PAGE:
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Munkeruphus - Contemporary art in a historic artist home

At Munkeruphus, art, architecture, design and nature come together in beautiful surroundings in an old artist home located on the coastline between Gilleleje and Dronningmølle.

Munkeruphus was from 1958 to 1982 the home and workplace of Gunnar Aagaard Andersen, and a permanent exhibition space showcases his exciting and diverse work. With changing exhibitions, lectures, conversations, guided tours, communal dining, and more, Munkeruphus continues in the spirit of Gunnar Aagaard Andersen.

Artist's home and exhibition house for contemporary art

As you drive along Munkerup Strandvej from Dronningmølle towards Gilleleje, you'll see on your right a stately grey wooden building with a beautiful thatched roof, nestled slightly back from the road among tall trees. Upon closer inspection, you'll notice sculptures in front of the house and the natural park surrounding it, extending down to the beach and Øresund.

You have arrived at Munkeruphus, formerly the home and workplace of the renowned artist Gunnar Aagaard Andersen, now an active and vibrant art exhibition house dedicated to contemporary art. Step inside and immerse yourself in the house's special atmosphere.

Shop with art books and gift items

You are welcomed into Munkeruphus' ticket sales and small shop, which offers its own exhibition catalogues and posters, as well as books on modern art, photography, architecture, and design. You'll also find gift items from Danish designers and artisans.

Take a bike ride between 3 museums in North Zealand

3 museums and 1 bicycle. Hop on the bike and enjoy three major museum experiences while taking in the North Zealand landscape. Experience Munkeruphus, Rudolph Tegner's Museum, and Esrum Abbey all at once.

Meet Gunnar Aagaard Andersen

Continue to the Gunnar Aagaard Andersen (GAA) room, located in the house's former conservatory. The permanent exhibition tells the story of the curious, experimental, and boundary-pushing multimedia artist who lived and worked in the house from 1958 until he died in 1982.

During that period, Munkeruphus was a place of work and meeting for a vibrant artistic life. Both for the family's own artistic production and for collaborations, experiments, and discussions with colleagues from home and abroad, students, and friends. Gunnar Aagaard Andersen defied categorization. He worked with painting, scenography, happenings, sculpture, architecture, furniture and textile design, and was not afraid to collaborate with the design industry.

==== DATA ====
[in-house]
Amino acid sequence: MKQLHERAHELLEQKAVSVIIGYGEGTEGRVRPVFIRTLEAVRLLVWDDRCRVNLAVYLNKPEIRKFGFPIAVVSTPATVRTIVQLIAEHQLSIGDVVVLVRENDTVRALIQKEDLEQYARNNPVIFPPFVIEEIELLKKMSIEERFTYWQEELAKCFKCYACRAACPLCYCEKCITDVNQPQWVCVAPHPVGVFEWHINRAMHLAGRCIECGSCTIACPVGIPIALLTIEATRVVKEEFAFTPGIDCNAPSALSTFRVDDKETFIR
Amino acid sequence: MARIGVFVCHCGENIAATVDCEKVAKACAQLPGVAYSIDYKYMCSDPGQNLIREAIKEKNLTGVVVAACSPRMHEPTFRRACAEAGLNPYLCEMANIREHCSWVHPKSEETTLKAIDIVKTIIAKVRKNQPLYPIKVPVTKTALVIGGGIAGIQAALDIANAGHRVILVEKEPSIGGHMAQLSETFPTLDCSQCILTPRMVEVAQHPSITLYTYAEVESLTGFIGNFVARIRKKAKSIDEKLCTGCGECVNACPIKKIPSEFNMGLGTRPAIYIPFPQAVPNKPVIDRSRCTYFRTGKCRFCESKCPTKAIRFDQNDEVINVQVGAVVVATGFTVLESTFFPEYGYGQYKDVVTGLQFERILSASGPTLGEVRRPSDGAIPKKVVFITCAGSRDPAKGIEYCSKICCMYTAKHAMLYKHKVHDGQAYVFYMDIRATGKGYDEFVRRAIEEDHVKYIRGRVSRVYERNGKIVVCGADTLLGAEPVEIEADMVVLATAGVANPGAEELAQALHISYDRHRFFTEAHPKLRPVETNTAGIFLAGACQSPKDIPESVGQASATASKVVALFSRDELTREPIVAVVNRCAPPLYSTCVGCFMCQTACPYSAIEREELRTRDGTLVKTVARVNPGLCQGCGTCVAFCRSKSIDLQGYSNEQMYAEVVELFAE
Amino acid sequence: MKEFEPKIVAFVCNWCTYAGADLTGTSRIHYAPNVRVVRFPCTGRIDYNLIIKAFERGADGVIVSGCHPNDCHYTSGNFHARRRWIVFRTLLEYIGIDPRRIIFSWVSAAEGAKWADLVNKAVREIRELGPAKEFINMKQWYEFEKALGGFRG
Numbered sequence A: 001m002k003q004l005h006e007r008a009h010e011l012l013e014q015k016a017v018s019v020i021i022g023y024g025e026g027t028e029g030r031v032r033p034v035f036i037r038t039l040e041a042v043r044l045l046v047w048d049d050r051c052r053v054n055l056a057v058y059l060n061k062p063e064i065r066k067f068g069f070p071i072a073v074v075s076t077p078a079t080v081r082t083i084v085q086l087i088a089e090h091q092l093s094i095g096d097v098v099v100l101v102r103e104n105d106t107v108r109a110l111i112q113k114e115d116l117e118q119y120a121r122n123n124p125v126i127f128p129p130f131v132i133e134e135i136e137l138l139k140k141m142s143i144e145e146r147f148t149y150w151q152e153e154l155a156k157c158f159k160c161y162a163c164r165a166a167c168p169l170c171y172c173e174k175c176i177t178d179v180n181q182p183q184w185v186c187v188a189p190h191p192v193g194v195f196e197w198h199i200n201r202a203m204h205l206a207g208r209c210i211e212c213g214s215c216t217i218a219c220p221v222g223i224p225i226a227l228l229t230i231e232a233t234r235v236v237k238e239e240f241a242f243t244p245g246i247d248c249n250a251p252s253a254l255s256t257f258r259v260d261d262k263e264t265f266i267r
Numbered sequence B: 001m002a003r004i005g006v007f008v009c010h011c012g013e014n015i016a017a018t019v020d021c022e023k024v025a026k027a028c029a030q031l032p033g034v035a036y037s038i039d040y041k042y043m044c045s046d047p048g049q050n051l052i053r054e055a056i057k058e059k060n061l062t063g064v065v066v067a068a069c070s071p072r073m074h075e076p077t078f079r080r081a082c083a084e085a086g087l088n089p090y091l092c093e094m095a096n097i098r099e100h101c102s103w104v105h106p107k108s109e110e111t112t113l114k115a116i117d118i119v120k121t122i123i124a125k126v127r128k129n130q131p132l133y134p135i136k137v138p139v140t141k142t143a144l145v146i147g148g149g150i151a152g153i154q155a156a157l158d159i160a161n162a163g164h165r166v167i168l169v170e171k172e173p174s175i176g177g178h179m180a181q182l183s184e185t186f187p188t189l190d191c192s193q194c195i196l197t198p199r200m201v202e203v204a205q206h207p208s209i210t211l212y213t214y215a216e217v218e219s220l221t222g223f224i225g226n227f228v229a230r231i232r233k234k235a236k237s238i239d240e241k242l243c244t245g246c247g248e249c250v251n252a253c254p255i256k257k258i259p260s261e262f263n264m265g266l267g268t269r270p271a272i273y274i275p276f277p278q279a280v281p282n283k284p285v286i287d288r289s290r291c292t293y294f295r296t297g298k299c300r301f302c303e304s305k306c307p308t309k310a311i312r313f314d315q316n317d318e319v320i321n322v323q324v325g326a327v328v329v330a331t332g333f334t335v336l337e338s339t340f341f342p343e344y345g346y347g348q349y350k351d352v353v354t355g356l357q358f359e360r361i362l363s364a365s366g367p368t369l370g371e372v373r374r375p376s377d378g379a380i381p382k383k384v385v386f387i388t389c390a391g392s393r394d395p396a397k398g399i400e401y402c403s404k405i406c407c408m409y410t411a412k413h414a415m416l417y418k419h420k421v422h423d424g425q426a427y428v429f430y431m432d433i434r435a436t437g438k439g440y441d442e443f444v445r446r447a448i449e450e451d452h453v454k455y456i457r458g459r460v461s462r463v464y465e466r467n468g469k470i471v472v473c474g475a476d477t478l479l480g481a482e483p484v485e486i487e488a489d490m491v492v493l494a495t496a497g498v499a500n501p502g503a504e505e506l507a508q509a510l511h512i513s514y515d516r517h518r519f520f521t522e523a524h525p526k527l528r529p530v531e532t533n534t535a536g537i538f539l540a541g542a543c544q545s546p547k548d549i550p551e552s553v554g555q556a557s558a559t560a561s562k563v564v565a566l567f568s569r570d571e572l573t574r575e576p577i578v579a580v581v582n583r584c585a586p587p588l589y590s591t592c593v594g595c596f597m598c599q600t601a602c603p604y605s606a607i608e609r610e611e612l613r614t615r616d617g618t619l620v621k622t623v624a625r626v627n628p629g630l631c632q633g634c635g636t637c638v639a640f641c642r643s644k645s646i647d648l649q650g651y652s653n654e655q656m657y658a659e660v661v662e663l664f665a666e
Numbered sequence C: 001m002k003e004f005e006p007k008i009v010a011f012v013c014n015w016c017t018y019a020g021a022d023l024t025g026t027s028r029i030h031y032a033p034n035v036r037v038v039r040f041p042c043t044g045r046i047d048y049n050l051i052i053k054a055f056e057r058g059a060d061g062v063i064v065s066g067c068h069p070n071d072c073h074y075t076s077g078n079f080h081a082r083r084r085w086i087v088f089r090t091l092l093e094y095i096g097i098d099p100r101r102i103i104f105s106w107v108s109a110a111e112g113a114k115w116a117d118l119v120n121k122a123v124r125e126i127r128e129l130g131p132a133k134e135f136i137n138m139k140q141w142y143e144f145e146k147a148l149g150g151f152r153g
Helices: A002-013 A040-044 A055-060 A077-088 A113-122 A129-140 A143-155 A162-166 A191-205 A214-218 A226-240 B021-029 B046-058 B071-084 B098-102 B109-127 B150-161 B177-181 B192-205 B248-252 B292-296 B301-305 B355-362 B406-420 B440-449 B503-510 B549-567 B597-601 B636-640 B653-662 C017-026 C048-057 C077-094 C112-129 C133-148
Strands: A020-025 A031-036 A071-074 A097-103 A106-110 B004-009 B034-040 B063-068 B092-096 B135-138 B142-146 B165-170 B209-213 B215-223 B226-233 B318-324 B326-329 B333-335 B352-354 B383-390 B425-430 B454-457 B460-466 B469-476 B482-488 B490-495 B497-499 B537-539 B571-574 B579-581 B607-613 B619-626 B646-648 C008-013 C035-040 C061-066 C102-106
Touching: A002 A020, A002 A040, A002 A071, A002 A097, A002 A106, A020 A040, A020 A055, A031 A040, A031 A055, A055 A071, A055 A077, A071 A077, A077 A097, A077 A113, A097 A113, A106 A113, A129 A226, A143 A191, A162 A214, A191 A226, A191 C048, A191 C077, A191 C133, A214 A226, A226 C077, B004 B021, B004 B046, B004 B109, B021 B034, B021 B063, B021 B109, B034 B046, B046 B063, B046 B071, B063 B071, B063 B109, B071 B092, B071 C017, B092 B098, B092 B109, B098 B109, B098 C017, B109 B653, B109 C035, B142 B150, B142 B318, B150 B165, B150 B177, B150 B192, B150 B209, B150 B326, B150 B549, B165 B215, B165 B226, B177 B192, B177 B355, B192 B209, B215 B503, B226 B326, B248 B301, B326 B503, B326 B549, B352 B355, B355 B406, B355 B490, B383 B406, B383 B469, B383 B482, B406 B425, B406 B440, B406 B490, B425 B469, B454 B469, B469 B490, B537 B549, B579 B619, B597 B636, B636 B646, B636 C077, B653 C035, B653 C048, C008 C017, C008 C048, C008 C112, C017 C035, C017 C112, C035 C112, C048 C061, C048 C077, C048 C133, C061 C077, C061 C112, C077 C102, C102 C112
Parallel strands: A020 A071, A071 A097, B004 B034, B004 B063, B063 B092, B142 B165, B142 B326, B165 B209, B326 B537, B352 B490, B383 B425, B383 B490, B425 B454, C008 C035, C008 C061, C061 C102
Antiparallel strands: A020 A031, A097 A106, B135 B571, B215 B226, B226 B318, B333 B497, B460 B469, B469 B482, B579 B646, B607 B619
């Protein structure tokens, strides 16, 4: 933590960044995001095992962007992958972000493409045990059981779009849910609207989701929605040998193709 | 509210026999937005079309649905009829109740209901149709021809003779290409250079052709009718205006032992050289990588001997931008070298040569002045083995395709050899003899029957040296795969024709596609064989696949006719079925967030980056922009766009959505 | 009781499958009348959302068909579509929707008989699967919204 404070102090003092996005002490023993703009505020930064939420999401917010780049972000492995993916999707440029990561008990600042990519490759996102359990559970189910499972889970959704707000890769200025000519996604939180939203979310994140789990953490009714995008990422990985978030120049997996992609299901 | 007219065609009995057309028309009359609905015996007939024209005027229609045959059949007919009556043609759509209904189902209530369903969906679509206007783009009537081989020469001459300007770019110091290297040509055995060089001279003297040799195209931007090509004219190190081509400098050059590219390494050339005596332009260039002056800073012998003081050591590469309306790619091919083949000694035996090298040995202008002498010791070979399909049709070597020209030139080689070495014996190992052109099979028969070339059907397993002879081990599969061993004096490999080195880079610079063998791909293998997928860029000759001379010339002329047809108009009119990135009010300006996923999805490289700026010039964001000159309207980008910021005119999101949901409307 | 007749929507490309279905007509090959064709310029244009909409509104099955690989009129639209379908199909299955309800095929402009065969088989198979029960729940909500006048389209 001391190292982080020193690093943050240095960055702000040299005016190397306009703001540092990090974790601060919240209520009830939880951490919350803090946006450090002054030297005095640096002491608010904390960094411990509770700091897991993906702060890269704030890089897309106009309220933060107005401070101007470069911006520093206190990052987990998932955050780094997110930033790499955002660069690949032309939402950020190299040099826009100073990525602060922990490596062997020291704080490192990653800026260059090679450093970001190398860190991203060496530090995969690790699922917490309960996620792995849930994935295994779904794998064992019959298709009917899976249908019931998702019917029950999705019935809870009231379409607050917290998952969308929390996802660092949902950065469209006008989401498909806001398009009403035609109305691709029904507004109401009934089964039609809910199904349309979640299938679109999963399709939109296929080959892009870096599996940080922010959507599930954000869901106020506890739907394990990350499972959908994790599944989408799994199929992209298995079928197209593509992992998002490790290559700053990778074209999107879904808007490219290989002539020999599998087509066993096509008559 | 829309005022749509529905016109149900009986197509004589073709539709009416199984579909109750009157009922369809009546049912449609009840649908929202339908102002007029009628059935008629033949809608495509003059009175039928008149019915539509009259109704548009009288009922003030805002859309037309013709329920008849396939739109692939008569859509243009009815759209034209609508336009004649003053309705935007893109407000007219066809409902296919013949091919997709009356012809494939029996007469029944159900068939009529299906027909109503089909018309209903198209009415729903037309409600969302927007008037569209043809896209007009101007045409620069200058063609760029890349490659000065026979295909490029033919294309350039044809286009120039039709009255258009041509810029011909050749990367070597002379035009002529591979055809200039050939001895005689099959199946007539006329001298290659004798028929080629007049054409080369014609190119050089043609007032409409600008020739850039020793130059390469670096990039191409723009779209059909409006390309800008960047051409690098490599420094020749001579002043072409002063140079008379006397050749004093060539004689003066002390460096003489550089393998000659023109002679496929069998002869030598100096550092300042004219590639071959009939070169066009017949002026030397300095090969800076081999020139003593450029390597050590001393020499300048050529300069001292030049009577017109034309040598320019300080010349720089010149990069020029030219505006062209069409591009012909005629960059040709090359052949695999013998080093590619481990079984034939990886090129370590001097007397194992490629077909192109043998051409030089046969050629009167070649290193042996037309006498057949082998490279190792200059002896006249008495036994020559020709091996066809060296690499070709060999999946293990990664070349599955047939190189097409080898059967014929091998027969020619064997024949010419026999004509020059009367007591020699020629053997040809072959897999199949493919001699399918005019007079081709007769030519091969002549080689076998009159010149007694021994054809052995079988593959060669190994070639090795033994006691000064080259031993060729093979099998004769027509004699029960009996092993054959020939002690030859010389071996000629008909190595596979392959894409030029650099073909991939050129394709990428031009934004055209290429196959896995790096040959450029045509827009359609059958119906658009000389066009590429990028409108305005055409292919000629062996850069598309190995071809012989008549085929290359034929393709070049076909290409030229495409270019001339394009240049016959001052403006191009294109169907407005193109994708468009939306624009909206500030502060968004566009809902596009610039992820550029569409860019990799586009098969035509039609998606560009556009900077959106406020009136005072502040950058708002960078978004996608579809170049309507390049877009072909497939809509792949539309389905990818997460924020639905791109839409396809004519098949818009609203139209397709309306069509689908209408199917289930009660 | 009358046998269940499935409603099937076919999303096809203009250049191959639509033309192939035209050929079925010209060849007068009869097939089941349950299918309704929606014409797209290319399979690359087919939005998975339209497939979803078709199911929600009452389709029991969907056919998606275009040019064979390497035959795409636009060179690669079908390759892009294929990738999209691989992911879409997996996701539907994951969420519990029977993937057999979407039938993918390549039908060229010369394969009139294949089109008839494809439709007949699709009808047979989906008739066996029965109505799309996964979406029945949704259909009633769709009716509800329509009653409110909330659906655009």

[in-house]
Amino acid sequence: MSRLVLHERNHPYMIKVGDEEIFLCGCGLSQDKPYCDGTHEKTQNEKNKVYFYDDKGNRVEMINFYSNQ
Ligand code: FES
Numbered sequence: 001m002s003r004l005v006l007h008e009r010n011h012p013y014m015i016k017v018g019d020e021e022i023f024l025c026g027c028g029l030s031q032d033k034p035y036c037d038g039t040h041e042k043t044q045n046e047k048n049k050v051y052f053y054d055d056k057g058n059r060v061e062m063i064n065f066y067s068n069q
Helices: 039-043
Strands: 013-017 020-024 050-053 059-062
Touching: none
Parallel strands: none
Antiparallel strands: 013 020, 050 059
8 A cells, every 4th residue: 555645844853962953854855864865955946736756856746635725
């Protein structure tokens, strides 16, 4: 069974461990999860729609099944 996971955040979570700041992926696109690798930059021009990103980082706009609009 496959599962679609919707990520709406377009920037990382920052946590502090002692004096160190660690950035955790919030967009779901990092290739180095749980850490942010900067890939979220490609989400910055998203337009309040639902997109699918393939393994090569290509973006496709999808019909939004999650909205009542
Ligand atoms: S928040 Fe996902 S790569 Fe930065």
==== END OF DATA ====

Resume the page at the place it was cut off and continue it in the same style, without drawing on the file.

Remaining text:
The GAA room is a place of ongoing development, where you can explore and investigate how the artist thought and worked. Open drawers and explore books and iPads, delve into archival material and try out furniture and artworks.

Studio with light, space, and views

Pass by the café (!) overlooking the kitchen, and continue up the stairs to the 1st floor. Here you'll find the spacious, bright studio, with exposed ceiling beams and large windows offering a magnificent view of the park towards Øresund. Here Gunnar worked with his ideas and materials - what a workspace! The studio is the house's largest exhibition space, with the possibility of displaying larger works. On the 1st floor, there are also 3 smaller rooms, whose intimacy provides a counterpoint to the studio, and the opportunity for exciting exhibition setups.

The Café

Now it's time to visit the café and enjoy a cup of coffee or a light lunch. It is located in the house's former dining room, with a freestanding fireplace and garden doors opening onto the terrace and park. The café has a small but exquisite menu, with light lunch dishes and always freshly baked buns and cakes.

The couple Grete and Gunnar Aagaard Andersen loved good and honest food, inspired by their many years in France. It was prepared and served with great care and creativity, and Munkeruphus' kitchen takes pride in doing the same for you as a guest.

The Park - nature and exhibition space

Don't miss the park surrounding Munkeruphus. It is hilly and natural, with mighty old exotic trees, rhododendrons, ferns, and many permanent sculptures by Gunnar Aagaard Andersen, among others. It is occasionally used as an exhibition space for temporary sculptures and installations, and in the summer months, it is the setting for events, workshops, concerts, and exhibition openings.

If you walk down through Queen's Gorge, you'll end up directly on the beach, with the opportunity to swim or simply enjoy the fresh sea air and the view towards Sweden. The park is open to all from sunrise to sunset, and admission is free.

Rare protected building

Munkeruphus is a listed building, one of the finest and most complete examples of the architectural style from around World War I. The house was designed in 1916 by architects Terkel Hjejle and Niels Rosenkjær, who were inspired by the Arts and Crafts Movement in England and the Colonial Style in the USA. Munkeruphus was built as a country estate for civil engineer Frederik Raaschou and his family.

Visit Munkeruphus – practical information